Sgurr a' Choire Riabhaich - 852m
Sgurr nan Coireachan - 956m

Tuesday 28th December 2010

Weather/Conditions: Still weather, little wind or snow/rain, but quite cold and cloudy, with breaks.
Distance/Ascent/Time: 9.9km / 950m / 8h 55m
Accompanying: Kev McKeown

Finally, I saw Kev McKeown up his 200th Munro. Again he chose Sgurr nan Coireachan above Glen Finnan, the one that we'd been beaten back from a couple of weeks previously.

A couple of things were wrong last time - too much drink the night before, a late start, a bad knee and oncoming darkness. It would be good to settle a score this time, so we would correct these problems and try again. But again, Sgurr nan Coireachan almost maintained the upper hand, because we nearly didn't reach the top and summited at the cost of the comfort of safety. In the depth of December, it's a wild, wild mountain and did we (or at least I) feel it or what!

On Monday, Kev picked me at the Tiso's at the north end of Glasgow City Centre. We drove back to his place briefly, picked up a couple more items. I bought snacks from the Lidl's, and Kev got fuel for the fire. Kev knows how to camp and bothy in style and we called him the Comfortable Mountaineer. He was the Tubby Mountaineer to Michael ("Mick"), but hasn't lost any weight on the bike with the sheer amount of logs he planned to carry in on the sled.

Once we'd parked at Glen Finnan (unlike last time, we didn't drive up the private road), we pushed the bikes up the road and through the darkness. The stuff on the back of Kev's bike was too heavy to cycle with. Rain spat down in the darkness, in no great quantities but cold in the night air. We continued up Glen Finnan with the promise of Corryhully bothy at the head, where we would spend the night in sleeping bags by the fire.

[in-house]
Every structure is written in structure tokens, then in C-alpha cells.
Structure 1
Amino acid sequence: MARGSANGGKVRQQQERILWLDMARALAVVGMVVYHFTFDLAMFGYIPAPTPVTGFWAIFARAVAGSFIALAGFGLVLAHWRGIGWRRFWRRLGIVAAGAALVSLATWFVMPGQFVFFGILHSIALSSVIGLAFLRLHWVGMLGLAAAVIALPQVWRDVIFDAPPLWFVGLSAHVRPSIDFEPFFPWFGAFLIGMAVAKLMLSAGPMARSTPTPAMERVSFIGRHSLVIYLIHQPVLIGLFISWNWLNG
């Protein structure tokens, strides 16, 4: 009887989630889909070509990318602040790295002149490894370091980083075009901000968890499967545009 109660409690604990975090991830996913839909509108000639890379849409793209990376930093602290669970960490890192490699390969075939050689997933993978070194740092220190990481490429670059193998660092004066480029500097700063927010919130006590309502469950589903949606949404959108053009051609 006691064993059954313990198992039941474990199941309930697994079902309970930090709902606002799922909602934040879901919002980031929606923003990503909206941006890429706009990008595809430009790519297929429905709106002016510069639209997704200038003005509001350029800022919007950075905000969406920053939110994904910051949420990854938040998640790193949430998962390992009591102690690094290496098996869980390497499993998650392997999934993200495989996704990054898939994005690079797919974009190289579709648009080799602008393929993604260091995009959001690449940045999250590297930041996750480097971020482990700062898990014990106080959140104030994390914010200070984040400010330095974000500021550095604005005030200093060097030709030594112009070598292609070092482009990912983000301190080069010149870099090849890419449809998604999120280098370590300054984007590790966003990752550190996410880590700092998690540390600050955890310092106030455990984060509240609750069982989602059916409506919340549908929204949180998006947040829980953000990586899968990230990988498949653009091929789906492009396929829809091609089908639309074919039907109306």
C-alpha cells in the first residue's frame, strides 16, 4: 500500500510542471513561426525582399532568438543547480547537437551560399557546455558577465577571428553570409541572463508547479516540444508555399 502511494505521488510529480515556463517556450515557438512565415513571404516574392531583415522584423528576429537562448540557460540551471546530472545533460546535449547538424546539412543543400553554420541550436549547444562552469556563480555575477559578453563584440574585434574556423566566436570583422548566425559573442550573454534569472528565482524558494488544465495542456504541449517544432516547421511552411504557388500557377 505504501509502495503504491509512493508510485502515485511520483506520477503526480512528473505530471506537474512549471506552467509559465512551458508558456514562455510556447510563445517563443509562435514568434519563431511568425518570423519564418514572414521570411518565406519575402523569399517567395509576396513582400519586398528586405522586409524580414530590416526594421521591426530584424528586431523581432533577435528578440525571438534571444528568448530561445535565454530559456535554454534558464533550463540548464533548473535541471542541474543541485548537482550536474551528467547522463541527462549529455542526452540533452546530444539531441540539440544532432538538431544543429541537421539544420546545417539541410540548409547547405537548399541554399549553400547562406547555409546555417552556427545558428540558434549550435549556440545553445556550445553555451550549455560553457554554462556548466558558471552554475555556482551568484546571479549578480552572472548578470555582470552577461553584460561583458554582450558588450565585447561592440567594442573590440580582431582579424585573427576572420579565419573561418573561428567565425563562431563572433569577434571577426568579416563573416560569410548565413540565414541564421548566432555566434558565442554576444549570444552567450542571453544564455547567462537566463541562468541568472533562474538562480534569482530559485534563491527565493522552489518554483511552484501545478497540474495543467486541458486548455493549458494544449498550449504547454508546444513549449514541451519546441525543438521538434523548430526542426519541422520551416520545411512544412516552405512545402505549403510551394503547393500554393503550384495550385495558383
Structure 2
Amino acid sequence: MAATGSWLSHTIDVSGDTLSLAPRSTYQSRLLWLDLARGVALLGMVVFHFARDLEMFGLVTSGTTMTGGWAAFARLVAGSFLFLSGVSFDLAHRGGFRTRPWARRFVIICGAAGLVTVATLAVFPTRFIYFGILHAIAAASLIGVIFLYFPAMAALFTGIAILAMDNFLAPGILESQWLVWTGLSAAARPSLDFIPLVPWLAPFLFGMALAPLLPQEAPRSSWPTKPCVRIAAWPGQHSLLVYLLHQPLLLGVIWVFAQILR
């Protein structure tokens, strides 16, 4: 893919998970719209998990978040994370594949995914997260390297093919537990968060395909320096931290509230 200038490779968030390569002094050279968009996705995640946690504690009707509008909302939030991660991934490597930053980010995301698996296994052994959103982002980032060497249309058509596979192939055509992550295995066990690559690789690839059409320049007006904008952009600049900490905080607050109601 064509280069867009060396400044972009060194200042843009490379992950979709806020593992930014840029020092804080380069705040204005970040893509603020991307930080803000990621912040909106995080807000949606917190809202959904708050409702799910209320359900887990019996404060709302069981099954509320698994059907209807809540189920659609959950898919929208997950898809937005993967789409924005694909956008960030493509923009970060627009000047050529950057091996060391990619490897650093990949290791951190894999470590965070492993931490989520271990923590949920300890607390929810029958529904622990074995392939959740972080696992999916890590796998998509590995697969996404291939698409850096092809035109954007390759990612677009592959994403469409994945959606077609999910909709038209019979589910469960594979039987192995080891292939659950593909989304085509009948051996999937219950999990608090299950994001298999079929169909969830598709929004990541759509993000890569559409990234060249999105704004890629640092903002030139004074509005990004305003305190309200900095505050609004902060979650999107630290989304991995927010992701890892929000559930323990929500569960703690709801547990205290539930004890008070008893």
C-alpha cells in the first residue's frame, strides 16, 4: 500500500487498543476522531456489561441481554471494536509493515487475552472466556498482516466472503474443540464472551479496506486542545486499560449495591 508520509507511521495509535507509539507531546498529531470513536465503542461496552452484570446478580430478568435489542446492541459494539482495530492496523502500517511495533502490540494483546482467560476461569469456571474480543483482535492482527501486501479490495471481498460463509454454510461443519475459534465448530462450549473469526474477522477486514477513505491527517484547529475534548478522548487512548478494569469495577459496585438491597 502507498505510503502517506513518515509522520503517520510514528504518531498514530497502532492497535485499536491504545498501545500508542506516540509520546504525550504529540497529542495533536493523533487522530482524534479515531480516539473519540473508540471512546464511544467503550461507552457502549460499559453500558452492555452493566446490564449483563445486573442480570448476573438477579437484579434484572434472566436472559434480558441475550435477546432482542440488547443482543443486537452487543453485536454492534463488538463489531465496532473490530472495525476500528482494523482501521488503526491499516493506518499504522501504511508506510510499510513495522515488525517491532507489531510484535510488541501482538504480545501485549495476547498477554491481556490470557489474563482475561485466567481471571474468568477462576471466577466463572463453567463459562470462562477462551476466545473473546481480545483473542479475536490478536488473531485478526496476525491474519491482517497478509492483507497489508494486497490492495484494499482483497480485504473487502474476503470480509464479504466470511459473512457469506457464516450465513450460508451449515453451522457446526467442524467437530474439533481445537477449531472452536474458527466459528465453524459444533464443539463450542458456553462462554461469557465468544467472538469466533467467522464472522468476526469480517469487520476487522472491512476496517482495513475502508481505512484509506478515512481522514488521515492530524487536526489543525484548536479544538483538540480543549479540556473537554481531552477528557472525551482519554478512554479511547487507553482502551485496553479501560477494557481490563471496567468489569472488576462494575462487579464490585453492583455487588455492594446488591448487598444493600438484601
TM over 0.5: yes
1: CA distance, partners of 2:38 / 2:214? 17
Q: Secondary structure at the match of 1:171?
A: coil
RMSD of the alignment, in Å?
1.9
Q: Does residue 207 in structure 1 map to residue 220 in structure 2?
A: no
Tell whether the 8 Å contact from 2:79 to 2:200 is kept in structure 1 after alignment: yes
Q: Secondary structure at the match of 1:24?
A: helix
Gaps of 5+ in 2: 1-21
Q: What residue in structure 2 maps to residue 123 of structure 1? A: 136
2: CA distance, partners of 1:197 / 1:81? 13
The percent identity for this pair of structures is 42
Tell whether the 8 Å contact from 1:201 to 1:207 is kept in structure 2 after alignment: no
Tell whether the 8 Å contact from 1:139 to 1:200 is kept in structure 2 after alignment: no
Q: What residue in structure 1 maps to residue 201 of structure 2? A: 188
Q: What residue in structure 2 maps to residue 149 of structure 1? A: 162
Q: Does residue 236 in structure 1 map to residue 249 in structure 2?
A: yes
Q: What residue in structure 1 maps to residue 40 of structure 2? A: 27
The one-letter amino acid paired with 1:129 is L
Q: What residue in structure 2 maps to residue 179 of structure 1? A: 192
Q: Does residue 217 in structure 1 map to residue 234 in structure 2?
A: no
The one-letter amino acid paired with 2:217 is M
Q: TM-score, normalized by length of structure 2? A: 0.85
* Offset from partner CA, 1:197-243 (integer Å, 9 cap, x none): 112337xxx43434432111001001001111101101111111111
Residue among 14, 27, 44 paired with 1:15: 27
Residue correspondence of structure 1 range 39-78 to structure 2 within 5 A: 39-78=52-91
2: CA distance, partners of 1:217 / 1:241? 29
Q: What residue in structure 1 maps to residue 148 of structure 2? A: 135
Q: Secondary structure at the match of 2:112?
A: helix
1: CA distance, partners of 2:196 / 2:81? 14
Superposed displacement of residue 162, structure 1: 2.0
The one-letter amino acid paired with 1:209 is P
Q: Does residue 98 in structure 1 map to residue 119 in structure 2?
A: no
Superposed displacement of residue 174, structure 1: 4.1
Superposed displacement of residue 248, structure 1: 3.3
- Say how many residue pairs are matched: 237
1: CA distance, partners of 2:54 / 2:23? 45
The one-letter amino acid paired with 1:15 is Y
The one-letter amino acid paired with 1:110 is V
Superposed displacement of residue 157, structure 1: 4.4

Corryhully was empty when we finally arrived. We took the left-hand fireplace like last time, set ourselves up and got the fire going. The funny thing about this trip was that I realised I'd forgotten item after item on the drive up: a pot for the stove, cutlery (I bought a Spork from Fort William), a sleeping mat (I bought a newspaper) and a torch (bought one in Fort William...but more on the torch later...)

And so we settled in for a night by the fire, in a bothy that's far to big and draughty to be comfortable in the winter, yet just fine if you wear fleeces, a jacket and get inside the sleeping bag! It was good to have it to ourselves, though.

Ascent to Sgurr a' Choire Riabhaich

We were up early in the morning and got on our way just after nine. That would be fine for a single Munro in winter, and definitely an improvement over the last time by a couple of hours.

There was more snow lying than last time, because the West Highlands had unsurprisingly seen a good few dumps while we were away. Like last time, we progressively worked our way up the ridge towards Sgurr a' Choire Riabhaich (that name I usually replace with 'the first top' in conversation). And to think we went all the way home, back up again just to arrive on the same ridge to climb the same mountain! Kind of a nice thought.

It was a relaxed day at first. When you're taking it easy on hills, you talk a lot. The conversation turned to Michael at one point but that's all that sticks in my memory. As the hours wore on though, I became aware that although we both felt physically good, it was getting late and we'd have to get a move on if we were to make the summit. My thoughts also moved to how were we going to get over Riabhaich, the Top?